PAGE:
Q: What is the Mākar Method and how are you using it to shake up/transform organizations and schools?
A: The Mākar Method is a cross-disciplinary learning and development model focusing on engaging employees and educators in their work. By exploring the creative process of writing, editing, and reciting poetry (creative capital), individuals develop the communication skills (cultural capital) that are used in the process of creating Spoken Word poetry and those skills are then applied to remix the working and learning environments to better engage the audience they serve (social capital).
I used the Mākar Method to design Impact Mākars, which focuses on humanizing the workplace by teaching employees transferable communication skills by practicing creative self-care through Spoken Word poetry. impactmakars.com - Make Yourself Known
Isaiah Makar put his method into action at Grainger Inc., DisruptHR, Roosevelt University, and INCubatoredu, using Spoken Word as a tool to promote creativity and communication.
Earth’s Breakup Letter: Please Don’t Leave Me for Mars
Please don’t leave me for Mars!
I over-heard you talkin’ to ya homie, Isaac Newton.
He kept asking you why I am so clingy.
Then, both of y'all tried to theorize the reason I hold you down
and decide to call it “gravity".
I call it being “obsessively possessive,”
see, secretly, I don’t want you to be with another planet.
Tears ﬂood when I vent to my mother’s nature every spring
on how sprung I am about being with another being.
Since birth you admired people who are “down-to-earth.” (not Mars)
When I catch you telescoping your crush at night,
my temper’s temperature infernos my core so hot
that you mistaken my jealousy for global warming.
Perhaps you missed my warning.
The moment my emotions volcanoed for the ﬁrst time
was day I fell in lava with you.
OOOOOOOO, you better not leave me for Mars!
I used to get starry-eyes when you called me “honey”.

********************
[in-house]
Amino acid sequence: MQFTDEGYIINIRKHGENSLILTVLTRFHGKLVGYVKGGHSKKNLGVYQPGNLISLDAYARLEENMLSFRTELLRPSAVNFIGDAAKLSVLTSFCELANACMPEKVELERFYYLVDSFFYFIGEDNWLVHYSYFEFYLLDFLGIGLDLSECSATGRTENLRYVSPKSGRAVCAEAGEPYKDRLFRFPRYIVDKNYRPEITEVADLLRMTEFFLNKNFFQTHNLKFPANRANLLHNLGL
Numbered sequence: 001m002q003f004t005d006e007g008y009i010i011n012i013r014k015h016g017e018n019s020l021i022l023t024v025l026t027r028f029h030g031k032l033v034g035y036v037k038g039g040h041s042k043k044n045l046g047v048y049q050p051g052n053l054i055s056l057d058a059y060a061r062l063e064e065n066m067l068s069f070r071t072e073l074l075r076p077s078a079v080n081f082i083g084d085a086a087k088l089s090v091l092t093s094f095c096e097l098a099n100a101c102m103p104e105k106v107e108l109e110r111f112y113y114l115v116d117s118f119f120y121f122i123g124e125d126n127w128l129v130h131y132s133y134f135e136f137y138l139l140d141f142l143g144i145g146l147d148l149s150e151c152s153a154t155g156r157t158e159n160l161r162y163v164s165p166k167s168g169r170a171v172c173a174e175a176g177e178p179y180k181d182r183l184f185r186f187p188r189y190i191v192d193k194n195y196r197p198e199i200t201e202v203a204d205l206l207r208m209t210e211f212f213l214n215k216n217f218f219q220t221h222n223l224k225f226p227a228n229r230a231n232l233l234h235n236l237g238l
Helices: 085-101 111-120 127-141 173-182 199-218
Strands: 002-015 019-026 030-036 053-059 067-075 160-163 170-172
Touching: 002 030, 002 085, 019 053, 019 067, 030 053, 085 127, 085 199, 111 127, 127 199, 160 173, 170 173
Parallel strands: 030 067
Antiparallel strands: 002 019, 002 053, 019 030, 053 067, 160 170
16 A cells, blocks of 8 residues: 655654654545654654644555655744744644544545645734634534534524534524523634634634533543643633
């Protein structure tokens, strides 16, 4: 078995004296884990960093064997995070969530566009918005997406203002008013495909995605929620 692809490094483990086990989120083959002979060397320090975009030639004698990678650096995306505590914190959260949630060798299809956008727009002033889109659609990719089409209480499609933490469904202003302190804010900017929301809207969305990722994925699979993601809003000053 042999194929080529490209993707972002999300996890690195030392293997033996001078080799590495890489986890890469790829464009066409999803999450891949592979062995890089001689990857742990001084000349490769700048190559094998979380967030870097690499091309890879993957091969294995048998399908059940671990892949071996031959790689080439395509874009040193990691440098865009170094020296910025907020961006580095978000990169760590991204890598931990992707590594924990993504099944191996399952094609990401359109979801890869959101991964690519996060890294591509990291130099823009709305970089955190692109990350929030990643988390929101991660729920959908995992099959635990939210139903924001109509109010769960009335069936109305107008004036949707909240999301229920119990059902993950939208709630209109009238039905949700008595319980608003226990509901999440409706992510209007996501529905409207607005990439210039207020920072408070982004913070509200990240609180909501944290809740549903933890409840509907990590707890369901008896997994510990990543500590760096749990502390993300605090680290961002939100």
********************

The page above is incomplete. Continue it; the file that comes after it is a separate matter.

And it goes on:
Till I found out you are the reason why bees are almost extinct in the ﬁrst place.
You keep leaving our place trashed like your hands are allergic to garbage cans.
Pigeons and squirrels don’t know no better.
Our pets are choking to death on your litter.
Remember, lives cannot be recycled. Bottles can.
All those brands you selﬁe-stick pose in
are businesses bruising my body by what they pollute.
Consume, consume, consume,
soon, I panic attack in a fear that quakes the living rooms.
Each day I wake, I wonder how much more can I take
before I yell “timber!” to my existence.
Leave my plants alone. Those tree branches are my lungs.
Every axe swing is an asthma attack for me.
This is not the type of love I had in mind when I asked you to take my breath away.
Please don’t leave me for Mars…
Spend some time with our Sun.
He has enough energy to solar panel a ray of happiness into our lives.
We been through too many storms to not weather this one.
Out of all 365 days on your calendar,
I would appreciate it if you celebrated me on more dates than the one in April.
If we spend more time together during the other 11 months,
our relationship will sail cleaner waters.
This marriage is still standing.
Rock me to sleep in a dream that doesn’t need another Inconvenient Sequel.
This is the moment when taking care of me becomes your only full-time job.
Don’t make me forest ﬁre you. You ain’t leaving me for Mars.
© Author: Jamael “Isaiah Mākar” Clark